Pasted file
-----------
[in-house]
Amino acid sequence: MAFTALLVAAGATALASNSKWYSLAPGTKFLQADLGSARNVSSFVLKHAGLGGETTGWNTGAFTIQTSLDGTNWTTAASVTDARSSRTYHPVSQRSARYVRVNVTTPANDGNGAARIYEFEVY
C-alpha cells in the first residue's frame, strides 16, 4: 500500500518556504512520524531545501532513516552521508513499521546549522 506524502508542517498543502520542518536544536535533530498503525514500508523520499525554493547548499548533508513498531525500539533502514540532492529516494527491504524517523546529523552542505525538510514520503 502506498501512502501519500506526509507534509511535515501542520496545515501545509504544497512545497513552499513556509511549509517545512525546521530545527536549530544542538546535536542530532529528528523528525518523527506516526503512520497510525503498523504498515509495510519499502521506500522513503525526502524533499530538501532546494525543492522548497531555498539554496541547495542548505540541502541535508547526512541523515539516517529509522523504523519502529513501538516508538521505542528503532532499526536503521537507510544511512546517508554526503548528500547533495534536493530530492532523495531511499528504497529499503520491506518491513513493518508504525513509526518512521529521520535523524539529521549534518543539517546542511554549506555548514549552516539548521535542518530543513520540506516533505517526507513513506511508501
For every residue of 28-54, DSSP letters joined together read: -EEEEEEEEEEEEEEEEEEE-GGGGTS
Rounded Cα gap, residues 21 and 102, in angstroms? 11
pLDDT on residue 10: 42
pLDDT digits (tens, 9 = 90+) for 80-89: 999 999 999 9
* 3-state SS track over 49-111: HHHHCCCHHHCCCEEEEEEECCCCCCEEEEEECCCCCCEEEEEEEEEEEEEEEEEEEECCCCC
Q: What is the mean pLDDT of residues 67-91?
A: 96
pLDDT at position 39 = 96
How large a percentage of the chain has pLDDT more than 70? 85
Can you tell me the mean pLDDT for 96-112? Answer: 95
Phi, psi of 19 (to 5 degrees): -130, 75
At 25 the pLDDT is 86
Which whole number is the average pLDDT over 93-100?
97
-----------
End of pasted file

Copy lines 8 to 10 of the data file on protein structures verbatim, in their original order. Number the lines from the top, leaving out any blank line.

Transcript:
* 3-state SS track over 49-111: HHHHCCCHHHCCCEEEEEEECCCCCCEEEEEECCCCCCEEEEEEEEEEEEEEEEEEEECCCCC
Q: What is the mean pLDDT of residues 67-91?
A: 96